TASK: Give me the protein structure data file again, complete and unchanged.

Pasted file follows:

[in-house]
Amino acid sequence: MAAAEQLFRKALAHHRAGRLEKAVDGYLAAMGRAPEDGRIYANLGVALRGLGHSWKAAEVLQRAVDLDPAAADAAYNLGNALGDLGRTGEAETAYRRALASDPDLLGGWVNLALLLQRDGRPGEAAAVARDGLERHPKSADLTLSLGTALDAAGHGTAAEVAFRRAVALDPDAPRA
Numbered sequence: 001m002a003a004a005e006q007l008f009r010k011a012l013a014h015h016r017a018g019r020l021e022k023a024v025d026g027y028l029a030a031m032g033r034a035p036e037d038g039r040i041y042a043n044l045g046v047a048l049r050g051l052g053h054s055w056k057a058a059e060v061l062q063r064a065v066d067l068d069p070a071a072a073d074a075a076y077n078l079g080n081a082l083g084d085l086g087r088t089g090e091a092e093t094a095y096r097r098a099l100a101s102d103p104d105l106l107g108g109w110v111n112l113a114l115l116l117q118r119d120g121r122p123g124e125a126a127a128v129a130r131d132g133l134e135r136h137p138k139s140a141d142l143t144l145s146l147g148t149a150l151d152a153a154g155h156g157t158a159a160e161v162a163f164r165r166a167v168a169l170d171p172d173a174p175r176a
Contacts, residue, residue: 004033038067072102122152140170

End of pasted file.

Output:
[in-house]
Amino acid sequence: MAAAEQLFRKALAHHRAGRLEKAVDGYLAAMGRAPEDGRIYANLGVALRGLGHSWKAAEVLQRAVDLDPAAADAAYNLGNALGDLGRTGEAETAYRRALASDPDLLGGWVNLALLLQRDGRPGEAAAVARDGLERHPKSADLTLSLGTALDAAGHGTAAEVAFRRAVALDPDAPRA
Numbered sequence: 001m002a003a004a005e006q007l008f009r010k011a012l013a014h015h016r017a018g019r020l021e022k023a024v025d026g027y028l029a030a031m032g033r034a035p036e037d038g039r040i041y042a043n044l045g046v047a048l049r050g051l052g053h054s055w056k057a058a059e060v061l062q063r064a065v066d067l068d069p070a071a072a073d074a075a076y077n078l079g080n081a082l083g084d085l086g087r088t089g090e091a092e093t094a095y096r097r098a099l100a101s102d103p104d105l106l107g108g109w110v111n112l113a114l115l116l117q118r119d120g121r122p123g124e125a126a127a128v129a130r131d132g133l134e135r136h137p138k139s140a141d142l143t144l145s146l147g148t149a150l151d152a153a154g155h156g157t158a159a160e161v162a163f164r165r166a167v168a169l170d171p172d173a174p175r176a
Contacts, residue, residue: 004033038067072102122152140170